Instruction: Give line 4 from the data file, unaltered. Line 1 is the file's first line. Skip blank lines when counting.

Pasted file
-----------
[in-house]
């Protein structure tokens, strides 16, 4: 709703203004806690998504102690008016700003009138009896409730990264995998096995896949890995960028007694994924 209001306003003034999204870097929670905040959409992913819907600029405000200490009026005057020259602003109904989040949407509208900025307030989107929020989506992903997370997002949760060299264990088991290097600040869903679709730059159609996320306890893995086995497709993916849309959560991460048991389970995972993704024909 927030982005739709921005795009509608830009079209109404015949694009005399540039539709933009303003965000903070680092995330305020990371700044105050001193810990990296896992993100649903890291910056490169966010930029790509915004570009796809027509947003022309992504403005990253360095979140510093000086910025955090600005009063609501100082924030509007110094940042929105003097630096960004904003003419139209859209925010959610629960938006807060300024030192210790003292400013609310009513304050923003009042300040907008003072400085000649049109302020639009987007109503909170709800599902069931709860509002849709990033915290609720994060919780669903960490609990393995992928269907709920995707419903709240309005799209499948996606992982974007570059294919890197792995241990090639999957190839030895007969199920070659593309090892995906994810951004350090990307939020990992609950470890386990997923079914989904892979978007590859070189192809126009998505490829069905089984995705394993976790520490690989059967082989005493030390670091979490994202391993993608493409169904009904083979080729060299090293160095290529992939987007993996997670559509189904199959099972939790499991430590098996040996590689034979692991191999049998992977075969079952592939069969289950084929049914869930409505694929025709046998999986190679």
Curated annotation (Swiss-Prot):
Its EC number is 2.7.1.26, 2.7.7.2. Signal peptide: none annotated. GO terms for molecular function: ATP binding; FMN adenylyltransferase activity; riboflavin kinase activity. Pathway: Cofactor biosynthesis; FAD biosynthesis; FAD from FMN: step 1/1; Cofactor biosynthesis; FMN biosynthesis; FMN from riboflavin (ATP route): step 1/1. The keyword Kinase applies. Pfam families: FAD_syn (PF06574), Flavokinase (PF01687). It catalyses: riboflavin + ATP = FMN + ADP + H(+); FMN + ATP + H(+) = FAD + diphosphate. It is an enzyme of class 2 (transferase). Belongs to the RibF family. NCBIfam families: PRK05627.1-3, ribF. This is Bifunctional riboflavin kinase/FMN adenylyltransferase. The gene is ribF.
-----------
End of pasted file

Its EC number is 2.7.1.26, 2.7.7.2. Signal peptide: none annotated. GO terms for molecular function: ATP binding; FMN adenylyltransferase activity; riboflavin kinase activity. Pathway: Cofactor biosynthesis; FAD biosynthesis; FAD from FMN: step 1/1; Cofactor biosynthesis; FMN biosynthesis; FMN from riboflavin (ATP route): step 1/1. The keyword Kinase applies. Pfam families: FAD_syn (PF06574), Flavokinase (PF01687). It catalyses: riboflavin + ATP = FMN + ADP + H(+); FMN + ATP + H(+) = FAD + diphosphate. It is an enzyme of class 2 (transferase). Belongs to the RibF family. NCBIfam families: PRK05627.1-3, ribF. This is Bifunctional riboflavin kinase/FMN adenylyltransferase. The gene is ribF.